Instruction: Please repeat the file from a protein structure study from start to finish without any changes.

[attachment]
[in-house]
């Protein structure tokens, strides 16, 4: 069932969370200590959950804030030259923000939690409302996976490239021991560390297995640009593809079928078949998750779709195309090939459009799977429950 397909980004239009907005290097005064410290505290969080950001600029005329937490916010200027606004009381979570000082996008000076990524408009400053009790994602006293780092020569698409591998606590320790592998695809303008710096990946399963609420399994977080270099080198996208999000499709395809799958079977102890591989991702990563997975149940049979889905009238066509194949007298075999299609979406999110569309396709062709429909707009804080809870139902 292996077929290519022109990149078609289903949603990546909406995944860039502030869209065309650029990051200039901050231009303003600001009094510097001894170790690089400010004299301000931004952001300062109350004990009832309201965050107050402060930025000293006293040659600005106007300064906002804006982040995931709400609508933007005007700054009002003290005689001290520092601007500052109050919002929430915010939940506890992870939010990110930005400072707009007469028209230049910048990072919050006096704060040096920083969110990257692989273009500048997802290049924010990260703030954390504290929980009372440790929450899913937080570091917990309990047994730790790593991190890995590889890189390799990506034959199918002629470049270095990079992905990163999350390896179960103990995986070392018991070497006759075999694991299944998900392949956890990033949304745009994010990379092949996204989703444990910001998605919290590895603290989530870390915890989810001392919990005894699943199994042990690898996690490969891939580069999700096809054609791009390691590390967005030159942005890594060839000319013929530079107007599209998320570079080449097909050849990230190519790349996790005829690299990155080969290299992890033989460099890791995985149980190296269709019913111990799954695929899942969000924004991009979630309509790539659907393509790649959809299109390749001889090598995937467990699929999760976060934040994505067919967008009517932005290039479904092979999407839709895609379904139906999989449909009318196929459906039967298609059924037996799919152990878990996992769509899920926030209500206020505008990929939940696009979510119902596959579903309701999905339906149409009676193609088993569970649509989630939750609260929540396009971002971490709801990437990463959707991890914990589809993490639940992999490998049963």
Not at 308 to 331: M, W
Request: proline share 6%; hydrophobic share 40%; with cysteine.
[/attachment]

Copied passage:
[in-house]
């Protein structure tokens, strides 16, 4: 069932969370200590959950804030030259923000939690409302996976490239021991560390297995640009593809079928078949998750779709195309090939459009799977429950 397909980004239009907005290097005064410290505290969080950001600029005329937490916010200027606004009381979570000082996008000076990524408009400053009790994602006293780092020569698409591998606590320790592998695809303008710096990946399963609420399994977080270099080198996208999000499709395809799958079977102890591989991702990563997975149940049979889905009238066509194949007298075999299609979406999110569309396709062709429909707009804080809870139902 292996077929290519022109990149078609289903949603990546909406995944860039502030869209065309650029990051200039901050231009303003600001009094510097001894170790690089400010004299301000931004952001300062109350004990009832309201965050107050402060930025000293006293040659600005106007300064906002804006982040995931709400609508933007005007700054009002003290005689001290520092601007500052109050919002929430915010939940506890992870939010990110930005400072707009007469028209230049910048990072919050006096704060040096920083969110990257692989273009500048997802290049924010990260703030954390504290929980009372440790929450899913937080570091917990309990047994730790790593991190890995590889890189390799990506034959199918002629470049270095990079992905990163999350390896179960103990995986070392018991070497006759075999694991299944998900392949956890990033949304745009994010990379092949996204989703444990910001998605919290590895603290989530870390915890989810001392919990005894699943199994042990690898996690490969891939580069999700096809054609791009390691590390967005030159942005890594060839000319013929530079107007599209998320570079080449097909050849990230190519790349996790005829690299990155080969290299992890033989460099890791995985149980190296269709019913111990799954695929899942969000924004991009979630309509790539659907393509790649959809299109390749001889090598995937467990699929999760976060934040994505067919967008009517932005290039479904092979999407839709895609379904139906999989449909009318196929459906039967298609059924037996799919152990878990996992769509899920926030209500206020505008990929939940696009979510119902596959579903309701999905339906149409009676193609088993569970649509989630939750609260929540396009971002971490709801990437990463959707991890914990589809993490639940992999490998049963």
Not at 308 to 331: M, W
Request: proline share 6%; hydrophobic share 40%; with cysteine.